JWE Abstracts 

Vol.2 No.4 October, 2004

Editorial (pp213-214)
        R Baeza-Yates
Research Articles and Reviews:
Discovering Search Engine Related Queries Using Association Rules (pp215-227)
        B.M. Fonseca, P.B. Golgher, E.S. de Moura, B. Possas and N. Ziviani
This work presents a method for online generation of query related suggestions for a Web search engine. The method uses association rules to extract related queries from the log of submitted queries to the search engine. Experimental results were performed on a real log containing more than 2.3 million queries submitted to a commercial search engine. For the top 5 related terms our method presented correct suggestions in 90.5\% of the time. Using queries randomly selected from a log we obtained 93.45\% of correct suggestions. A study of the user behavior showed that in 92.23\% of the clicks on suggestions, users found useful information. The same approach can be used to provide terms to the classic problem of query expansion. For instance, the average precision of the answers of the Google search engine was improved by 23.16\% using our aproach as a query expansion method.

On The Evolution of Clusters of Near-Duplicate Web Pages (pp228-246)
        D. Fetterly, M. Manasse and M. Najork
This paper expands on a 1997 study of the amount and distribution of near-duplicate pages on the World Wide Web. We downloaded a set of 150 million web pages on a weekly basis over the span of 11 weeks. We then determined which of these pages are near-duplicates of one another, and tracked how clusters of near-duplicate documents evolved over time. We found that 29.2\% of all web pages are very similar to other pages, and that 22.2\% are virtually identical to other pages. We also found that clusters of near-duplicate documents are fairly stable: Two documents that are near-duplicates of one another are very likely to still be near-duplicates 10 weeks later. This result is of significant relevance to search engines: web crawlers can be fairly confident that two pages that have been found to be near-duplicates of one another will continue to be so for the foreseeable future, and may thus decide to recrawl only one version of that page, or at least to lower the download priority of the other versions, thereby freeing up crawling resources that can be brought to bear more productively somewhere else. Additionally, we visit issues raised in a 1999 study of the prevalence of mirrored content, that is, trees of web content accessible at multiple locations. We found that 4.9\% of all web pages are mirrors.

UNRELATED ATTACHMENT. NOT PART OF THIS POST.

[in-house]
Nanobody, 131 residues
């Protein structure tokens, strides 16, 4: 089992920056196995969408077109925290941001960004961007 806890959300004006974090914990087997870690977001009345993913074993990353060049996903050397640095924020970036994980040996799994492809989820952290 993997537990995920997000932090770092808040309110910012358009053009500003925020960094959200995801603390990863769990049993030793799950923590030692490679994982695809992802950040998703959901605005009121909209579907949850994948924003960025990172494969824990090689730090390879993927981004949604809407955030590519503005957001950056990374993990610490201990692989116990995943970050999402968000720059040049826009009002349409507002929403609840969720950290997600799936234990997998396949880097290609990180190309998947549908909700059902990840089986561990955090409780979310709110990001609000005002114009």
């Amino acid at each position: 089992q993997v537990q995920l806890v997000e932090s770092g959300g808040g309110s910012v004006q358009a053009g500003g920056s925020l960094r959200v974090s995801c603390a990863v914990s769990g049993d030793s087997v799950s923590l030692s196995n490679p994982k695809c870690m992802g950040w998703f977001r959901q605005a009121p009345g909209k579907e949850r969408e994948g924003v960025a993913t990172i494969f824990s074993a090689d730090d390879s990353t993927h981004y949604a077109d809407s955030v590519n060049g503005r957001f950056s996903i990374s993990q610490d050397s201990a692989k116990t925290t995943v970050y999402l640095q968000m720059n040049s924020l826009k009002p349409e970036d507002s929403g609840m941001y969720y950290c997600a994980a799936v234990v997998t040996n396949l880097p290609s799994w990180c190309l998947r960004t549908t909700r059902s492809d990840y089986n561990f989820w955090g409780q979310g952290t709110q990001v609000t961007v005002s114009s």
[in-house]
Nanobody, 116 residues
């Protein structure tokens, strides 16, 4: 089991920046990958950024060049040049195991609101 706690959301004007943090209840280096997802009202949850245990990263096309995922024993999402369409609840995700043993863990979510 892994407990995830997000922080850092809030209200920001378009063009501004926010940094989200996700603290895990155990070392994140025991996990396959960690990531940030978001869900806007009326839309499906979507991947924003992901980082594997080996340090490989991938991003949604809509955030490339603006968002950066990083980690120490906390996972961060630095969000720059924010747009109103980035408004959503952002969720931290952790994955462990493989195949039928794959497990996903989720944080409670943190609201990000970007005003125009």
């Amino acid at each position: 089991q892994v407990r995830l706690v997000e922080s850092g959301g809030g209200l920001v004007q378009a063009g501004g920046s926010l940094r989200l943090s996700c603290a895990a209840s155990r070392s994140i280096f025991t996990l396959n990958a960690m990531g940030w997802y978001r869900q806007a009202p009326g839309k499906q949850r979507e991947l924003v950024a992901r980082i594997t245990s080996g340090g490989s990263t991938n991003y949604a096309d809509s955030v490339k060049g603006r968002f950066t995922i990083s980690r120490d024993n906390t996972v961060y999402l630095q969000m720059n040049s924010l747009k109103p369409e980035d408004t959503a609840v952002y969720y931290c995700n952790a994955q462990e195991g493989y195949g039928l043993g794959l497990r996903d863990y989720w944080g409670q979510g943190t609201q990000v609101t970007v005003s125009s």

Retrieving Similar Documents from the Web (pp247-261)
        A.R. Pereira Jr and N. Ziviani
This paper presents a mechanism for detecting and retrieving documents from the web with a similarity relation to a suspicious document. The process is composed of three stages: a) generation of a ``fingerprint'' of the suspicious document, b) gathering candidate documents from the web and c) comparison of each candidate document and the suspicious document. In the first stage, the fingerprint of the suspicious document is used as its identification. The fingerprint is composed of representative sentences of the document. In the second stage, the sentences composing the fingerprint are used as queries submitted to a search engine. The documents identified by the URLs returned from the search engine are
collected to form a set of similarity candidate documents. In the third stage, the candidate documents are compared to the suspicious document. The process of comparing the documents uses two different methods: Shingles and Patricia tree.